Redesigning Indian Cities

The Urban Revamp Design Challenge 2021 was conceptualised as part of a larger initiative to make urban development and planning within Bengaluru more inclusive. This was a collaborative partnership between Sensing Local, Janaagraha, Doddanekundi Rising, Banaswadi Rising and YLAC. The goal was to crowdsource good ideas and have the winners work with local communities, technical experts and implementation bodies to bring their design ideas to life!
Nearly 150 urban planners, designers and architects participated in the 2021 design challenge. Through public interactions during Visioning Workshops, presentations to a jury comprising of city officials and experts, and citizen voting, we finally arrived at our winning designs! In January of 2022, the winning teams presented their ideas to the Bruhat Bengaluru Mahanagara Palike (BBMP). The BBMP is now looking at resource allocation to see how these ideas can be implemented.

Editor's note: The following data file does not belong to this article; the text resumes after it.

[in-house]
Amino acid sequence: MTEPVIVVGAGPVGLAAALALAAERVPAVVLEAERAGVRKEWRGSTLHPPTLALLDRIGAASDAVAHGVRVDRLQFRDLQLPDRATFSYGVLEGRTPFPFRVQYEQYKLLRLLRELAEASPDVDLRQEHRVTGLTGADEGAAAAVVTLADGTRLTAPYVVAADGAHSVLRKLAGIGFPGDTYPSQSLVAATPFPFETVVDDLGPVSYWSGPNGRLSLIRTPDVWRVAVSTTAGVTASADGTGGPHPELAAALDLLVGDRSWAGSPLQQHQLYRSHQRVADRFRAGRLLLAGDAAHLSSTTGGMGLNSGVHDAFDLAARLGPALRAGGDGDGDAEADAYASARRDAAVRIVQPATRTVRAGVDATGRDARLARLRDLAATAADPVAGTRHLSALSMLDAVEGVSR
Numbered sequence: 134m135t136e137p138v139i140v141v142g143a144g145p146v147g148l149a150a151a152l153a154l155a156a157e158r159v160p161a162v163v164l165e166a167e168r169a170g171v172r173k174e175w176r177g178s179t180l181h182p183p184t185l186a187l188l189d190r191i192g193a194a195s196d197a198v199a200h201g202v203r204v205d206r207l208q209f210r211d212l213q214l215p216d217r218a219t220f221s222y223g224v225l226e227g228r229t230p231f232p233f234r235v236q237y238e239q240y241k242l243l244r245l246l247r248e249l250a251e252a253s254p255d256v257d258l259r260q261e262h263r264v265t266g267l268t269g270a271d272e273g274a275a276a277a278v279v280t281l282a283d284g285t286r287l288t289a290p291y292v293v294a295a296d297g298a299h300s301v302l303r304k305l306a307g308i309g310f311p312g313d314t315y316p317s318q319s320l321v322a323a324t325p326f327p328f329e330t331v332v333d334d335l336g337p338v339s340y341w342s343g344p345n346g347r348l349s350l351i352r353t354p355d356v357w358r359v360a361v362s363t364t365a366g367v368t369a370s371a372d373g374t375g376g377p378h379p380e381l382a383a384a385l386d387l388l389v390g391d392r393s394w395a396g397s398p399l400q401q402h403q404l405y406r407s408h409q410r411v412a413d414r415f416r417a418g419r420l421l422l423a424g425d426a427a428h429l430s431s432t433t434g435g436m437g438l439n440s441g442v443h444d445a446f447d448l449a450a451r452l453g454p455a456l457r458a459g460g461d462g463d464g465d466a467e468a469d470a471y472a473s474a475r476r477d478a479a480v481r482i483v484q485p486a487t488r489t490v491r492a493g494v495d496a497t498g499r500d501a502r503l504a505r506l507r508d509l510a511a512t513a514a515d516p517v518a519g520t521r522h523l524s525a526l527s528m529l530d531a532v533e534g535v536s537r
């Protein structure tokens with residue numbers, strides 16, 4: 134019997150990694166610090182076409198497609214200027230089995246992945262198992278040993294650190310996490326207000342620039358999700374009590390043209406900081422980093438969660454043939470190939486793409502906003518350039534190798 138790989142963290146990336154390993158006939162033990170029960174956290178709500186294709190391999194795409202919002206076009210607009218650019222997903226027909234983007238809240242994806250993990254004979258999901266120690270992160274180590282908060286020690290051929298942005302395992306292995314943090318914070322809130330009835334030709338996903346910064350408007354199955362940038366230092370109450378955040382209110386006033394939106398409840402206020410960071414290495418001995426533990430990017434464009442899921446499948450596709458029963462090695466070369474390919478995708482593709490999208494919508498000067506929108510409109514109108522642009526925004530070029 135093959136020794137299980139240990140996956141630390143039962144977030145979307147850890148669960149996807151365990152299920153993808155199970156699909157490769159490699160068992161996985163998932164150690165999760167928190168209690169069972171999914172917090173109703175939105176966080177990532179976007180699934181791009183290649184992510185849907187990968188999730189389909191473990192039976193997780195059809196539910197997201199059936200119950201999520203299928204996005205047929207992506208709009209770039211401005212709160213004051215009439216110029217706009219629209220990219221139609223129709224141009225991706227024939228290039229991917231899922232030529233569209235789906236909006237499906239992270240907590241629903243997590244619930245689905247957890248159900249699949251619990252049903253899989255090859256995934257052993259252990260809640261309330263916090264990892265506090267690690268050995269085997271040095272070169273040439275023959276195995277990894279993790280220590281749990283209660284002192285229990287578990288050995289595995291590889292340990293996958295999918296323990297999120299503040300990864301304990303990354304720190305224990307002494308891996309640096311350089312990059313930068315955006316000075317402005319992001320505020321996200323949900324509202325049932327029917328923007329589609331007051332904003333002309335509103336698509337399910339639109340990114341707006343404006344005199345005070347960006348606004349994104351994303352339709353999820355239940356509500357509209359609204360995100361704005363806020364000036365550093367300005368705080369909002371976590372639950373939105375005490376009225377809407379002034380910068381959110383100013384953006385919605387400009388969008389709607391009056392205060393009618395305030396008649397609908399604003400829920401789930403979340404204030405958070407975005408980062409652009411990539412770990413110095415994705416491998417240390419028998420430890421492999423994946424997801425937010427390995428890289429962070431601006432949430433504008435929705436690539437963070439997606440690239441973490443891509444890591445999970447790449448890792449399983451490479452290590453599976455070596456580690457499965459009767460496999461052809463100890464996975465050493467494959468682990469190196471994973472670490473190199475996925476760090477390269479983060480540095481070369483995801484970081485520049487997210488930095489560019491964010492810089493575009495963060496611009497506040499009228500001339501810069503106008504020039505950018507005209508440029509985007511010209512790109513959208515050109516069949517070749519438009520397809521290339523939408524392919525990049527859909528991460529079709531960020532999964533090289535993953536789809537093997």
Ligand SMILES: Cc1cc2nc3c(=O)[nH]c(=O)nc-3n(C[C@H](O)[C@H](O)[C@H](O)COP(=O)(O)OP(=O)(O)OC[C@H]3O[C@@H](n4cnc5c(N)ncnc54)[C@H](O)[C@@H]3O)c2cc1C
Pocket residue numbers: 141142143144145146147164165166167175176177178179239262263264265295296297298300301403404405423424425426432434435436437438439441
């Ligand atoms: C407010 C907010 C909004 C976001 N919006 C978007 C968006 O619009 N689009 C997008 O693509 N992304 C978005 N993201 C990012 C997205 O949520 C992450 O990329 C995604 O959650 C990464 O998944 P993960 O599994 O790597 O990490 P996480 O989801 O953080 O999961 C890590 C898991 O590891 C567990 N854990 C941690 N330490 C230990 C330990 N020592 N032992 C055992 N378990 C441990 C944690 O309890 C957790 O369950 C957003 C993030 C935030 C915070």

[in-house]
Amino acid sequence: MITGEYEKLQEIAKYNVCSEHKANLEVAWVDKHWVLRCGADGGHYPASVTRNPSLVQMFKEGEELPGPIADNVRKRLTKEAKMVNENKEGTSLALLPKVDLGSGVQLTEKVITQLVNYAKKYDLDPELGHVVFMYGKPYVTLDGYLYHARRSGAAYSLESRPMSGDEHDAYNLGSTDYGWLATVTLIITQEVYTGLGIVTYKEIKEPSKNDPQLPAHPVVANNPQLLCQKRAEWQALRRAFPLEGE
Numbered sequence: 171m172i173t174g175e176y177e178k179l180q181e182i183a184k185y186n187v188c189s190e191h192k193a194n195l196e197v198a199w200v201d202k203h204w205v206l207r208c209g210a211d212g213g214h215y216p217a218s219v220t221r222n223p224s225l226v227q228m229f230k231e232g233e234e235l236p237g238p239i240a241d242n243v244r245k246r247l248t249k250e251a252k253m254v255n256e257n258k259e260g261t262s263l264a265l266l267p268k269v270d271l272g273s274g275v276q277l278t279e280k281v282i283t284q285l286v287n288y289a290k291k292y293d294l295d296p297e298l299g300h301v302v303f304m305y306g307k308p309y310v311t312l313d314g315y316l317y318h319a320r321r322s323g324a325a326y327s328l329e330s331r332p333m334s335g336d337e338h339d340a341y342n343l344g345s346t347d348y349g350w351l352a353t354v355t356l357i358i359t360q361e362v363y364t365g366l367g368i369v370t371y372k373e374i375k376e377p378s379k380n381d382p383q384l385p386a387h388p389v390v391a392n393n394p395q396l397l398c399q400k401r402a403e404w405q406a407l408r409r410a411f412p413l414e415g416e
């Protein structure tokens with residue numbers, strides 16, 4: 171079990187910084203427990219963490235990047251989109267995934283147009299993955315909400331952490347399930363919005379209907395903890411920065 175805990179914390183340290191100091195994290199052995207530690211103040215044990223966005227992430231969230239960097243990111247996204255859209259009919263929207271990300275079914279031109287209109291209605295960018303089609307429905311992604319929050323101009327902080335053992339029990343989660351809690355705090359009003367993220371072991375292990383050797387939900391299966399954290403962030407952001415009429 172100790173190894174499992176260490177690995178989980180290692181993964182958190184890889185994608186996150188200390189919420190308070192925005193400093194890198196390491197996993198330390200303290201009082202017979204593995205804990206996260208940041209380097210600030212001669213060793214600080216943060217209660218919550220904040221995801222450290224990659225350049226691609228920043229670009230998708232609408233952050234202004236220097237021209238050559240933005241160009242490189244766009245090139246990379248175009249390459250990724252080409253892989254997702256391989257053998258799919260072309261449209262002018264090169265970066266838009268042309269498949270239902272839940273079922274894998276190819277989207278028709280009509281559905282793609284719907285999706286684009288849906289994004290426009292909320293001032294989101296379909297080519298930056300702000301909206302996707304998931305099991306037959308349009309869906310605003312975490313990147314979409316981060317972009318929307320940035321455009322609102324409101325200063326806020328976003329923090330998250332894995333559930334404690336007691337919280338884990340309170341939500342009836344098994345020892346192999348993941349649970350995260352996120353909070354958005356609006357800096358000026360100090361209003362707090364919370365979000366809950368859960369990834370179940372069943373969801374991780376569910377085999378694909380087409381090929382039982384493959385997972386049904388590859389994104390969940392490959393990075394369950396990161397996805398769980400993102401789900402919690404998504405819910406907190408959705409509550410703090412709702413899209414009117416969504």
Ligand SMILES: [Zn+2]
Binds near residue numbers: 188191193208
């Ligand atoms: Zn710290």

For details on how this challenge was structured, please follow the links below. We are currently in conversation with local partners to plan more such challenges in the future. If this is an area of interest, please follow us on social media (LinkedIn, Instagram, Facebook) for announcements and updates.


The Challenge

In March 2021, the BBMP announced that it would create 1000 kilometres of walkable footpaths in the city, and improve at least 5 kilometres in each ward. Following this announcement, several of the city’s ward committees identified the priority network that they would like to see improved within their wards. This exercise also opened an avenue to transform public spaces beyond basic infrastructural upgrades, to reimagine their utility for the public.
It was in the above context that the 2021 design challenge invited proposals to reimagine neighbourhood scale public spaces in two wards of Bengaluru – Doddanekundi (ward 85) and Banaswadi (ward 27). The site in Doddanekundi built on the idea of place-keeping where the aim was to strengthen the cultural grain of an ‘urban village’ amidst a rapidly urbanising fabric, by designing a shared public space that could be used by two disparate groups of residents in the neighbourhood (the locals and the migrants). And the other site in Banaswadi built on the idea of place-making where the aim was to revamp a long defunct buffer space on either side of a rajakaluve – an ‘urban void’, and design it to become more functional and usable by the residents of the neighbourhood.
See: Design Brief